The observations you note in this article is definitely a trend, which will only continue to intensify. To that point, if Warner Brothers does not invest in co-production in the Chinese market, someone else will. If they choose to remain involved, through joint venture’s and other mechanisms, they are able to control content and develop a relationship with the Chinese consumer. The potential to capture huge amounts of revenue growth over the next few decades by helping build domestic production studios (in a JV) is a huge opportunity for WB. On the broader concern that the studio is changing their content to placate both Chinese government and the public – I think this happens in every market new products go into. Sure, there are limitations on political and social topics you could discuss, but I imagine that would be a smaller percentage of content than is normally assumed. Further, if WB is truly invested and aligned in the success of potential Chinese JV partners, they could had domestic content subject to local tastes/censorship being the driving force of their revenues from China.
I’d like to address the last two questions raised, namely:
Is the rising dominance of China fundamentally changing Hollywood?
–I would argue that Hollywood blockbusters are continuing to perform well in China under the status quo (and, as the author states, profits in the Chinese market often subsidize losses that films incur in other markets). From the facts presented, I don’t see signs of a major shift within Hollywood itself for the time being (it seems Hollywood is continuing to produce similar films to past ones that, while successful in China, aren’t geared toward that market — with the exception of toning down politically charged content). That said, the point about potential trade limitations in the future could change this. Should that occur, I think Hollywood might focus its efforts more on films appealing to Western markets, given the increased difficulty of marketing them in China and the consequent need to maximize profits elsewhere.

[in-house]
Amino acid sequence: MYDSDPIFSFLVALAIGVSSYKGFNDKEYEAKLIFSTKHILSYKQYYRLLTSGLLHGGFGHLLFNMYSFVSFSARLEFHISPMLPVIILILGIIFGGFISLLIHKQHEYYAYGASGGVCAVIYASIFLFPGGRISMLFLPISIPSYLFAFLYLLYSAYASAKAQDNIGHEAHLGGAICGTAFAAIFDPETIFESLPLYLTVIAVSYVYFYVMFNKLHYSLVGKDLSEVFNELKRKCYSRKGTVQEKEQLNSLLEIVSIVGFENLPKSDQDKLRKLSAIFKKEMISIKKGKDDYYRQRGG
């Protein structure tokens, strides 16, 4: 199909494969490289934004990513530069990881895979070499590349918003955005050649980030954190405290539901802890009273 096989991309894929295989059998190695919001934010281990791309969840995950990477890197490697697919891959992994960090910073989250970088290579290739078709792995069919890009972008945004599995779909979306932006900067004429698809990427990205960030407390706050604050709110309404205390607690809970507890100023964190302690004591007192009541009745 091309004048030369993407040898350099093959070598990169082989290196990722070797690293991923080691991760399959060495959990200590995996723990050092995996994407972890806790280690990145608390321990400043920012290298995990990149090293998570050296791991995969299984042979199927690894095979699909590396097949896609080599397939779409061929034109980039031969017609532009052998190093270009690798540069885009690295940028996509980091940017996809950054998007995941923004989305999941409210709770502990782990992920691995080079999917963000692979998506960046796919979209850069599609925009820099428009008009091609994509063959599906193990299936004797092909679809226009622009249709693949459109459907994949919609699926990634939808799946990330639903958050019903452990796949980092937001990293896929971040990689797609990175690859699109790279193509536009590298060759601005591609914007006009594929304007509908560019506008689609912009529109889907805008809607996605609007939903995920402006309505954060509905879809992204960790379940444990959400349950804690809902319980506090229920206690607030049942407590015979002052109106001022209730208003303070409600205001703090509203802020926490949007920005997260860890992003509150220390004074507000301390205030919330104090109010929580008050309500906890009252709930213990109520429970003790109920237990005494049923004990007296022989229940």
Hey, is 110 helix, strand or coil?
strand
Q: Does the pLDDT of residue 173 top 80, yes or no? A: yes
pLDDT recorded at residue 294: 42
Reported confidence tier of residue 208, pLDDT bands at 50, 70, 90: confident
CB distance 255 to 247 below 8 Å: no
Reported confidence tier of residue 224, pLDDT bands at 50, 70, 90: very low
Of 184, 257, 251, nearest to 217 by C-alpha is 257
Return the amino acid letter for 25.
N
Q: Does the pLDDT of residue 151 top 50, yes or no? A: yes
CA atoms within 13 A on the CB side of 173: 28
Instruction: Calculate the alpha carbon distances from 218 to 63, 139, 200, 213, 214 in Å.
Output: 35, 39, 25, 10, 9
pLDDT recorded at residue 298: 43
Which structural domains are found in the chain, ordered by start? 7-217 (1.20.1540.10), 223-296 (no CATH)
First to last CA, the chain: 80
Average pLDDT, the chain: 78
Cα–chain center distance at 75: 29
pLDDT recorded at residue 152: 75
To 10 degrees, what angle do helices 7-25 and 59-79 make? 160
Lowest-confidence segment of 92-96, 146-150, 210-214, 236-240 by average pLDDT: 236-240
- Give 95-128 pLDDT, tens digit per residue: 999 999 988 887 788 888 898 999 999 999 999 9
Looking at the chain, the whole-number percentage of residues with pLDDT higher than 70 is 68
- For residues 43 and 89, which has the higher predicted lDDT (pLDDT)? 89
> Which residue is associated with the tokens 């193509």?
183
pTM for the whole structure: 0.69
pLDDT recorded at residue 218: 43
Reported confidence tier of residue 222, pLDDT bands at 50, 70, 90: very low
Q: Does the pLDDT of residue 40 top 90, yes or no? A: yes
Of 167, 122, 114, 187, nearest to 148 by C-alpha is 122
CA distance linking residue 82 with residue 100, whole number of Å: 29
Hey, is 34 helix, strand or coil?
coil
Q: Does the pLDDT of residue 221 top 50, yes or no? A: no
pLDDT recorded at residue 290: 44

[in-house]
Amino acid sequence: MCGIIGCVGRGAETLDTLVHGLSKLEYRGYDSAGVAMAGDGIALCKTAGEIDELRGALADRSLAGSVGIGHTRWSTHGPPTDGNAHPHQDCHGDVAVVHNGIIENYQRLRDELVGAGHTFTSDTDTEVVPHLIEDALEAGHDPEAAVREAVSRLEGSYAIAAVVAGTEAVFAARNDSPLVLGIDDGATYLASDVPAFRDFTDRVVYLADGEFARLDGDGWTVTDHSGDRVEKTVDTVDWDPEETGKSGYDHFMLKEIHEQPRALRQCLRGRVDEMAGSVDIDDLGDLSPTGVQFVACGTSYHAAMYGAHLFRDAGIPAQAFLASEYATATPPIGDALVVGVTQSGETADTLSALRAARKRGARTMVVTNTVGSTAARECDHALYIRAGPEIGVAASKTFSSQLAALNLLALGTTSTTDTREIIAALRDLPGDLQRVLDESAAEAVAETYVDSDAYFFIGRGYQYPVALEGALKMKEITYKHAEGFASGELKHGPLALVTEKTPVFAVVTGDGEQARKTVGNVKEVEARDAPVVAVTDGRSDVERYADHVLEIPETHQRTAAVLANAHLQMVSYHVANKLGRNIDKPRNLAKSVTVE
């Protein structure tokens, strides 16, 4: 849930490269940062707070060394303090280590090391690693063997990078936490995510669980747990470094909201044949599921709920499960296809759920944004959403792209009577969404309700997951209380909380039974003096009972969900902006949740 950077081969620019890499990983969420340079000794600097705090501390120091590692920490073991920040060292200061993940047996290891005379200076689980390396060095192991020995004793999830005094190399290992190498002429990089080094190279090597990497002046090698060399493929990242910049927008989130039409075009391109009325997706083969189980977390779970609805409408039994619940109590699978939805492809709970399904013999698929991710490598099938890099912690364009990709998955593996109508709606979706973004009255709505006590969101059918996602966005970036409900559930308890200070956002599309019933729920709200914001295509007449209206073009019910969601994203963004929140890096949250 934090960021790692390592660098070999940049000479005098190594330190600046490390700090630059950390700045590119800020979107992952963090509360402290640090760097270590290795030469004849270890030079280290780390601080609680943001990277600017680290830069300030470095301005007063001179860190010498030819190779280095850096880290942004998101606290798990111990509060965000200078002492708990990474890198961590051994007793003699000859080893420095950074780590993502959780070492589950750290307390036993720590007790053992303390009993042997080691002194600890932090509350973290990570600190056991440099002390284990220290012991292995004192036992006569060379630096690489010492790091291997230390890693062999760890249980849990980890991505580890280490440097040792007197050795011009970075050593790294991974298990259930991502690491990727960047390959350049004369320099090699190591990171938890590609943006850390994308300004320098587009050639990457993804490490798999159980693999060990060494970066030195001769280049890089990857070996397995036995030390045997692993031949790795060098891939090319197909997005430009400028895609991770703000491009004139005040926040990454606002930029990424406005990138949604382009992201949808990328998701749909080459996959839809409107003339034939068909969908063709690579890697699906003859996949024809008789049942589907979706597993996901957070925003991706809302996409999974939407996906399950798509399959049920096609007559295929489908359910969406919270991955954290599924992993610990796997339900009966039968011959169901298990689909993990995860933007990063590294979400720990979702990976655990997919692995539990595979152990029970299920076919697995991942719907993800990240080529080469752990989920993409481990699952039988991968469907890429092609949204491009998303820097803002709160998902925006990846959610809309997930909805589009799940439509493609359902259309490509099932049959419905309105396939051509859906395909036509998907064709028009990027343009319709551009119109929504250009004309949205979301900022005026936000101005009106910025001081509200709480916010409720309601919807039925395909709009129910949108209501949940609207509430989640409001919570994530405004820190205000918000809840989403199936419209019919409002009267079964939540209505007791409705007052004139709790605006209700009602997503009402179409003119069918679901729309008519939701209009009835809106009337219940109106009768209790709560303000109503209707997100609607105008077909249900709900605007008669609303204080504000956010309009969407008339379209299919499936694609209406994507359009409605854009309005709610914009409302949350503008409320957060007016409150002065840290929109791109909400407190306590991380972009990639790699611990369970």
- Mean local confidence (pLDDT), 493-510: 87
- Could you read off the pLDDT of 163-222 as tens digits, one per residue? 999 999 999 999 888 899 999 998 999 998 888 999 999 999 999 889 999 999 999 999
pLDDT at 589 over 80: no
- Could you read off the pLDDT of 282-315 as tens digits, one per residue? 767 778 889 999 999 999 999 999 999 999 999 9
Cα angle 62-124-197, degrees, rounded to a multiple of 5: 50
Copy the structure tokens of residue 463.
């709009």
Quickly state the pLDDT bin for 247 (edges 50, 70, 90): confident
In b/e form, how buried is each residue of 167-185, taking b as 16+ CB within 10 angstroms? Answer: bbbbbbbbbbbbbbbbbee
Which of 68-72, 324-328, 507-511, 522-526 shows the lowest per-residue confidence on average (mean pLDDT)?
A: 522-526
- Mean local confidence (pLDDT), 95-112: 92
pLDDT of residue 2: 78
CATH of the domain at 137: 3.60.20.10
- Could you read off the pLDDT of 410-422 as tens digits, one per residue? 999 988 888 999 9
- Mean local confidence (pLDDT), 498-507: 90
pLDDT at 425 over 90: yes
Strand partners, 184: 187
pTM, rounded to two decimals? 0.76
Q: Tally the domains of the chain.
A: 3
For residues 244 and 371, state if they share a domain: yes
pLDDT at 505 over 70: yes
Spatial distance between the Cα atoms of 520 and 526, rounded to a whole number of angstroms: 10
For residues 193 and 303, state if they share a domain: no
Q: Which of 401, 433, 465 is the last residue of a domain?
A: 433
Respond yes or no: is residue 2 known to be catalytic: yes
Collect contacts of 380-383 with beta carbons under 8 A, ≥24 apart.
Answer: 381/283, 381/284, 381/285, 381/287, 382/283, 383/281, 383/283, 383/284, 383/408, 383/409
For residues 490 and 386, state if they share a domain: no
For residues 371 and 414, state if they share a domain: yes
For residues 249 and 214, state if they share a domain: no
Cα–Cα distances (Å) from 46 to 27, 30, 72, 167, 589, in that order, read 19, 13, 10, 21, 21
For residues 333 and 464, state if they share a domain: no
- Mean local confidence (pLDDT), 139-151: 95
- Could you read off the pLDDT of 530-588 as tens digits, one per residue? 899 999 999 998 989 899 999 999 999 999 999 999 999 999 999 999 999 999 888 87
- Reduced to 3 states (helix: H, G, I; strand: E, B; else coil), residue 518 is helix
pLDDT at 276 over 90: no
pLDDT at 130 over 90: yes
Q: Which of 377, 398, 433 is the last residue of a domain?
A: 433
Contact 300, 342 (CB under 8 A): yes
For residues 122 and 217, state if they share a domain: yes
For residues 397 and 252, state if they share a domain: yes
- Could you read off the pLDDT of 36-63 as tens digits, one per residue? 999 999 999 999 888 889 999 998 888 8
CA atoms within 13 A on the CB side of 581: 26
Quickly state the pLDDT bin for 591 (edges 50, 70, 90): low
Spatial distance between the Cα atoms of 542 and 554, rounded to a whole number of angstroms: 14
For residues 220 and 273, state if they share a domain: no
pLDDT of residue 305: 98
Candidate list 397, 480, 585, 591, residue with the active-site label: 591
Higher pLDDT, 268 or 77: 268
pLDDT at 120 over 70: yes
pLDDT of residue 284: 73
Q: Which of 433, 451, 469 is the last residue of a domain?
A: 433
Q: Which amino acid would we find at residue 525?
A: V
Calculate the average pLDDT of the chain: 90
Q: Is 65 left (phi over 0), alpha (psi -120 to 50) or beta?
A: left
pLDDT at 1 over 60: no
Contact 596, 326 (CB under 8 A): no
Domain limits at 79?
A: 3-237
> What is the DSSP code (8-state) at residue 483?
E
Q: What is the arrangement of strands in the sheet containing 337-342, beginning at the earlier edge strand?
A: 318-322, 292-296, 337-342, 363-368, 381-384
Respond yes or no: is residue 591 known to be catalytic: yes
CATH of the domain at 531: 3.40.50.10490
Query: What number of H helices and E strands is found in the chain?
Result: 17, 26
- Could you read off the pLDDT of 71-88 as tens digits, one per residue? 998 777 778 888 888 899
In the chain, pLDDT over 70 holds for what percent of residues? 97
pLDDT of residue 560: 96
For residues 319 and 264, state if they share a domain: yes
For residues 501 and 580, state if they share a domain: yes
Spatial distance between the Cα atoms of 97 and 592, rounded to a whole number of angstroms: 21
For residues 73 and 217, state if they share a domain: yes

Does moving to a local production model creating locally relevant content mean that budgets for US movies will decrease?
–Given the high growth-rate of the film industry in China, I believe there is space for a number of players in this market. Should WB partner profitably with local producers, I believe this will generate incremental revenue streams that could allow these projects to fund themselves, as opposed to diverting capital away from Hollywood budgets. That is, if WB-China partnerships are profitable and don’t cannibalize WB-Hollywood revenues in China (which seems possible, given China’s appetite for more content — 144% growth in three years) then I think this strategy could actually improve revenues for WB as a whole.
Very interesting reflection on a topic that I don’t see getting much analysis in the popular press. I think that there are a number of examples of US / Western companies that have been slow to gain traction / easily pushed out by local competitors in China as a result of a better understanding of the local preferences and/or a desire of the local population to utilize a Chinese alternative (uber, amazon, whatsapp etc). I would be curious to learn the degree to which heritage brands, such as WB, have sufficient traction and popular appeal so as not to be supplanted by a local competitor. Relatedly, there has been some push back in U.S. cinema where anticipated Asian castings have been substituted with white American actors – it would be interesting to see what, if any, impact this has had on the market viability of these different films in the Chinese market.
This was an interesting read. As mentioned, the Chinese market has reached a point that it can just not be ignored by any production house. And while it is an extremely huge market for the hollywood big names, the viewing audience is also evolved to appreciate good films to the point where even some bollywood(the Indian movie industry) movies have been widely accepted in China . So the way I see it, movie houses need to have a multi pronged strategy : hollywood blockbuster movies, create local content and promote movies that really connect with the Chinese consumer market.